Supply chains hold the key to survival for thousands of companies caught up in the global economic downturn like never before… The next eighteen months will see supply chain issues come under the microscope on an unprecedented scale as the impact of the worldwide credit crunch hits home on the high street.
The fall-out from the American credit squeeze is being felt across the world and companies are going to have to act if they’re to remain viable. Tightening of credit conditions for the consumer, combined with the inflationary impact of rising oil and food costs globally, means that there is less money to be spent on the high street. Companies are faced with a set of choices: to produce and sell more – an unlikely remedy given the state of the world economy – or to reduce costs, adding that the cost reduction route can be approached negatively, through reactive lay-offs, or positively by proactively driving supply chain efficiency.
With rising annual logistics costs now representing ten per cent of GDP, and inventory-holding costs generally held to range between some 15 per cent for slow-moving products and as much as 45 per cent for fast-moving lines such as fashion goods, it’s clear that opportunities exist for significant cost reduction through re-focusing on supply chain efficiency.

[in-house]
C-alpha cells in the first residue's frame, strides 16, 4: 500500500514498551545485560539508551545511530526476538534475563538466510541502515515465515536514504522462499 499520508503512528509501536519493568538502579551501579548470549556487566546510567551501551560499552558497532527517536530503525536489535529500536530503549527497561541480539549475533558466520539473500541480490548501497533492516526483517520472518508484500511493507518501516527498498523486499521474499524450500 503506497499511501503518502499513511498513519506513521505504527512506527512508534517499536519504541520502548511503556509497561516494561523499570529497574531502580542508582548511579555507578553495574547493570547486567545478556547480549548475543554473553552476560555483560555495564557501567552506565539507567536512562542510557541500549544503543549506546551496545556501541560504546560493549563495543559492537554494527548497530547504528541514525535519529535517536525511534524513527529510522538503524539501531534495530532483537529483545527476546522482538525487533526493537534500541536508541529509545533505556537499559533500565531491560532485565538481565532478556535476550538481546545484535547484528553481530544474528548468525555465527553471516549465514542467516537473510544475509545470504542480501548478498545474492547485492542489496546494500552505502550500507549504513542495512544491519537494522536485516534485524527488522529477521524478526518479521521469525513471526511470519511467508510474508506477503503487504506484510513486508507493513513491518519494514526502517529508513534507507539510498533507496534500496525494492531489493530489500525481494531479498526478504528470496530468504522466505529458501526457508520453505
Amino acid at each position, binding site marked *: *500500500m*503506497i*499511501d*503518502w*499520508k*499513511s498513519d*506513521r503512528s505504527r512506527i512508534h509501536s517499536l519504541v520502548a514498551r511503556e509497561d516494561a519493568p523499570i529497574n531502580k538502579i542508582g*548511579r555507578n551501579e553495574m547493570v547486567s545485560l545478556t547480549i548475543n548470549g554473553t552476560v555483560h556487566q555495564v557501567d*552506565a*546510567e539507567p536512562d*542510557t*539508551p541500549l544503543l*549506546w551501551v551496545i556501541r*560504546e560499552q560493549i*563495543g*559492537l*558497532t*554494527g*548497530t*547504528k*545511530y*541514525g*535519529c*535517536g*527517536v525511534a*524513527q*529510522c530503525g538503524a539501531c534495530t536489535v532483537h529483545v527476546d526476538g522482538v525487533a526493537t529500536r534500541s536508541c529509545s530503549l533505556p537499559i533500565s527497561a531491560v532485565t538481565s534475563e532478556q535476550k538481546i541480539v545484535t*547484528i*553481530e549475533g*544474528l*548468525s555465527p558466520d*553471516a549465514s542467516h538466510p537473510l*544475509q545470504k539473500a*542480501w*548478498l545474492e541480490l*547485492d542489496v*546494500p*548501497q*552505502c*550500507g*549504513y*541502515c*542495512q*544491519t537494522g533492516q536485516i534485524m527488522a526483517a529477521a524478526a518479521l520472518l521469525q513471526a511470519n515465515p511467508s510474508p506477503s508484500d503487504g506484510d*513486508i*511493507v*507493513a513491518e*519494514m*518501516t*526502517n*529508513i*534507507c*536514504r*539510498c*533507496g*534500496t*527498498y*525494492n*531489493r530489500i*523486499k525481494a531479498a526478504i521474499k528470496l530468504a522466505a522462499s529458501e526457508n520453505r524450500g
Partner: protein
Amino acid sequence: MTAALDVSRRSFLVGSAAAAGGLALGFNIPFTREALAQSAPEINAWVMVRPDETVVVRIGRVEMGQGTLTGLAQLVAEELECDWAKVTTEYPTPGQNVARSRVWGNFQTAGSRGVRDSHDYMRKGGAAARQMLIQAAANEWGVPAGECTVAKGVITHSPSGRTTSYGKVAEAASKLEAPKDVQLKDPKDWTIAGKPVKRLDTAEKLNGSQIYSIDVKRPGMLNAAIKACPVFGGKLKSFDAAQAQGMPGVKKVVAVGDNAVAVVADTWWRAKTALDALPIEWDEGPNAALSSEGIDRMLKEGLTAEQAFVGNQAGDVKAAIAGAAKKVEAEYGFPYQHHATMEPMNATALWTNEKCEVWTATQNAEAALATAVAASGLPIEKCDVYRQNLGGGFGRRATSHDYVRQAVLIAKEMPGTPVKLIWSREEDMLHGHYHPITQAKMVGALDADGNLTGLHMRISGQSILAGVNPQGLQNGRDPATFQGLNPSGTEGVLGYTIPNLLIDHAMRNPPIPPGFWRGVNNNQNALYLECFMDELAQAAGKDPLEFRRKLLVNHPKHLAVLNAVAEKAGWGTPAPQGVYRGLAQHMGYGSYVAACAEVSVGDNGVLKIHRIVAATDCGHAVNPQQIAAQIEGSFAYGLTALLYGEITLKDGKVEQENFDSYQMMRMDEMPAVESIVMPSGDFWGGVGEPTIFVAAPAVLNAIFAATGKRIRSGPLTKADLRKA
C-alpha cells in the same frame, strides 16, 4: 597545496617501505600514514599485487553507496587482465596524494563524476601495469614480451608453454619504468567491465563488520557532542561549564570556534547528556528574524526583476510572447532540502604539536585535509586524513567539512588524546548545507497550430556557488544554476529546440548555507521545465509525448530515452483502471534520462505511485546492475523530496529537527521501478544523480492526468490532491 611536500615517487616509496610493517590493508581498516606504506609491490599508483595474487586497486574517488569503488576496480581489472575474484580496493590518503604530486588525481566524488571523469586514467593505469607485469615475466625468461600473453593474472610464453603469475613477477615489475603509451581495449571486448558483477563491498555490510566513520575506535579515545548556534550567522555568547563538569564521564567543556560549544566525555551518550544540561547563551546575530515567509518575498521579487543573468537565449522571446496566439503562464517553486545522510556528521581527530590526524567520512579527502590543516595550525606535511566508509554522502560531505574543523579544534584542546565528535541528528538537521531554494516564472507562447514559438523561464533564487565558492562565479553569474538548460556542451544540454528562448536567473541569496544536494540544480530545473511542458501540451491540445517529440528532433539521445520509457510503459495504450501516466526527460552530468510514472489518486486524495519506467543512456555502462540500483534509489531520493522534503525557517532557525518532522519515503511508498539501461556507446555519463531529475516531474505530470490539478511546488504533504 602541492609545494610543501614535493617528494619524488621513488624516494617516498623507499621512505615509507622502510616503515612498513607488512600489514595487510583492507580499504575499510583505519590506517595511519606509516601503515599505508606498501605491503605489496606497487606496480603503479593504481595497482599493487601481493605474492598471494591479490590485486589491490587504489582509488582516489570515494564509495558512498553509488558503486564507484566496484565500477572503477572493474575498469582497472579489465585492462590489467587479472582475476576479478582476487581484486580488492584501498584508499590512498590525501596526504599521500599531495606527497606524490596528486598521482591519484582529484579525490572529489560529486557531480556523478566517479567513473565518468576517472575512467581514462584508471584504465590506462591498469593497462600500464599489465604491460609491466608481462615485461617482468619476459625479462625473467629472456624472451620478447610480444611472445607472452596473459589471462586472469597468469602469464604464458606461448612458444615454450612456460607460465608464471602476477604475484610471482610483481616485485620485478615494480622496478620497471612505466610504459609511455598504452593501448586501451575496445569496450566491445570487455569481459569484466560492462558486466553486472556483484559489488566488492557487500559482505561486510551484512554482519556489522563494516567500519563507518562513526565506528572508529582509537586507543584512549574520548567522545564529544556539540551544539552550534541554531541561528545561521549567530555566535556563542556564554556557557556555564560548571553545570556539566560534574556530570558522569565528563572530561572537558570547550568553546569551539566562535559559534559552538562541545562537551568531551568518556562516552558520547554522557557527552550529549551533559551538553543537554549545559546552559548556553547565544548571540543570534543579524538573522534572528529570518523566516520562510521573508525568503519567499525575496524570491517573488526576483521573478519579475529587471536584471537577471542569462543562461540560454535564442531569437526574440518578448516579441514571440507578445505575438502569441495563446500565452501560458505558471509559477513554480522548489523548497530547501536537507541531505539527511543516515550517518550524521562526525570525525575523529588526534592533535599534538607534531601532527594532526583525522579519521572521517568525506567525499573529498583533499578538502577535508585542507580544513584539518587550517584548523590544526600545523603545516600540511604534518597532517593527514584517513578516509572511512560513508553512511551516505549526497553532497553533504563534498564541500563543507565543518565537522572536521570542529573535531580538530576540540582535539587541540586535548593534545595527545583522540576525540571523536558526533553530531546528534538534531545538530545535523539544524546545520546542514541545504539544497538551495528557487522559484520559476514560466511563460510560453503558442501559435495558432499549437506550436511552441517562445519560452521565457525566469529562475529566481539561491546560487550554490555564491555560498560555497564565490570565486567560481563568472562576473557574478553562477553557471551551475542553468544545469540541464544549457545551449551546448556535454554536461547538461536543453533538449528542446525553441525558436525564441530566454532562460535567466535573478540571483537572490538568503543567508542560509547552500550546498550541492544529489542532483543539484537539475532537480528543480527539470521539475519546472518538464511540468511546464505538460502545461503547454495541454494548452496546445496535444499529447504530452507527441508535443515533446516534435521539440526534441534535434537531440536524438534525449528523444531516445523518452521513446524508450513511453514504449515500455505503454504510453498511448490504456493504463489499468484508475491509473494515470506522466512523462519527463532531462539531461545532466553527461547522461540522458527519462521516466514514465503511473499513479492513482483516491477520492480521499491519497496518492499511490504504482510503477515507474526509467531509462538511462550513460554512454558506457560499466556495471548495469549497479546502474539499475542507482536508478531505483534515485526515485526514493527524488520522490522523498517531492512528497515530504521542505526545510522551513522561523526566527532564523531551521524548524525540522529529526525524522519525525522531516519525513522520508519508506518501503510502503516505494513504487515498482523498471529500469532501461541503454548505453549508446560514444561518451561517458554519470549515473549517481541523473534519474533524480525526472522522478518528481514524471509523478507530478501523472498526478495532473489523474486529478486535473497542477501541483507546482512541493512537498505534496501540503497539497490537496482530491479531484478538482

Streamlining and optimising are the operative words, and with the software now available to pinpoint precisely where and how savings can be made in the supply chain, inventory management and network optimisation tools represent the most effective way ahead.
The past twelve years of economic growth have made UK companies complacent about consistent re-examination of their supply chains – but the next eighteen months are set to witness a dramatic reversal of the trend as the need to free-up capital takes on a new urgency.
In times of boom, people don’t focus on costs – they’re too busy focusing on getting the product to market. But when a downturn happens and the pressure’s on, the focus must return to cost containment within the supply chain and evaluating opportunities in every area involving sourcing, manufacturing, transport and warehousing.
This recession is likely to prove different to past recessions in that IT and software now offer the most reliable buffer to the impact of economic pressures from outside.
Volatility and uncertainties in a number of key operating areas have prompted an increasing number of companies to review their supply chain strategies and forward-planning procedures, and that the trend is set to gain momentum as the credit crunch continues to bite.
The speed of change in global markets, rocketing fuel prices, the growing industrial aspirations of China, Russia, India and other regions, and the after-shock of the US financial situation are all combining to force companies to face up to the major benefits that can be achieved through effective supply chain planning and management. It’s my prediction that supply chain IT and software, in the form of proven point solutions delivering rapid ROI will ultimately hold the key to survival.